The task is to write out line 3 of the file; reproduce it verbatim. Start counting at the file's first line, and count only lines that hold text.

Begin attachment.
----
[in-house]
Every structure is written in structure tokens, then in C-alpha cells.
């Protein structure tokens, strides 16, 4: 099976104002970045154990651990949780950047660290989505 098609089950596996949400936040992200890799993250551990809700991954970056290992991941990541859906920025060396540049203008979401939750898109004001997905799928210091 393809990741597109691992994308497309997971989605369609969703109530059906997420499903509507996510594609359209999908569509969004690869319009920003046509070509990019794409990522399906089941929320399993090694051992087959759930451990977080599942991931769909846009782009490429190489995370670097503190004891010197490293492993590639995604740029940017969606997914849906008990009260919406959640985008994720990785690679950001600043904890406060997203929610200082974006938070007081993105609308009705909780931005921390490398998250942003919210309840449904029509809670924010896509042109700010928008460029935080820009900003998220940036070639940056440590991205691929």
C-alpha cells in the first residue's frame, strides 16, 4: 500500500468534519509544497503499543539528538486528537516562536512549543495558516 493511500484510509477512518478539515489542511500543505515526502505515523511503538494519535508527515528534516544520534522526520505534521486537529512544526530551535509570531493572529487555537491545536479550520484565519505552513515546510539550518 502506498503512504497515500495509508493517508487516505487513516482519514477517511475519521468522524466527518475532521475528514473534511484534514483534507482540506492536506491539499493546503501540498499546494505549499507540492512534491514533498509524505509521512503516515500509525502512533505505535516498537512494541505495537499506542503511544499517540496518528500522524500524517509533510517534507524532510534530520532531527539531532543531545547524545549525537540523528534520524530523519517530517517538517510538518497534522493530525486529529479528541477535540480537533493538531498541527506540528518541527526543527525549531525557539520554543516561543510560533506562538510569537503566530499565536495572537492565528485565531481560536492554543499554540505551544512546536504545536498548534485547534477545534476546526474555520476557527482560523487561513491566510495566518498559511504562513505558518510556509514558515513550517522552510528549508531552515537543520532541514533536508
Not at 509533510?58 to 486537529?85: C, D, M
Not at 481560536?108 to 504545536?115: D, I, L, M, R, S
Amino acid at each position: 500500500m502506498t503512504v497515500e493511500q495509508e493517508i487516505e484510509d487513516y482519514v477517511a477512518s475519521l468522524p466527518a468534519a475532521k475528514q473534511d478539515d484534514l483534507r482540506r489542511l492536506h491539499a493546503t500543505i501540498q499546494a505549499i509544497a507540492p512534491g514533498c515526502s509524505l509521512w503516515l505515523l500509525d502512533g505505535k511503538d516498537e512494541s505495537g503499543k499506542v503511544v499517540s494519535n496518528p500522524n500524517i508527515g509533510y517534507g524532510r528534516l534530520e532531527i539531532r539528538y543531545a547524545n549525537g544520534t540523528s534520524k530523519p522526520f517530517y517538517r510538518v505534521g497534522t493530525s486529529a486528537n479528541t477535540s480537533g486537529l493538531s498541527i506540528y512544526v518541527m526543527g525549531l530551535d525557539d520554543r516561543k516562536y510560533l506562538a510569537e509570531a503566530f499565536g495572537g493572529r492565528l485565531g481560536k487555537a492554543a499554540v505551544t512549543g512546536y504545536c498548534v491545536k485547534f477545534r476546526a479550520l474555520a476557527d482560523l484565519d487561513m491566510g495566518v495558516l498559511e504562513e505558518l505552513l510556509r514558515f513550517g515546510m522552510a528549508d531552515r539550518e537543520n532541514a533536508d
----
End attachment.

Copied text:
């Protein structure tokens, strides 16, 4: 099976104002970045154990651990949780950047660290989505 098609089950596996949400936040992200890799993250551990809700991954970056290992991941990541859906920025060396540049203008979401939750898109004001997905799928210091 393809990741597109691992994308497309997971989605369609969703109530059906997420499903509507996510594609359209999908569509969004690869319009920003046509070509990019794409990522399906089941929320399993090694051992087959759930451990977080599942991931769909846009782009490429190489995370670097503190004891010197490293492993590639995604740029940017969606997914849906008990009260919406959640985008994720990785690679950001600043904890406060997203929610200082974006938070007081993105609308009705909780931005921390490398998250942003919210309840449904029509809670924010896509042109700010928008460029935080820009900003998220940036070639940056440590991205691929």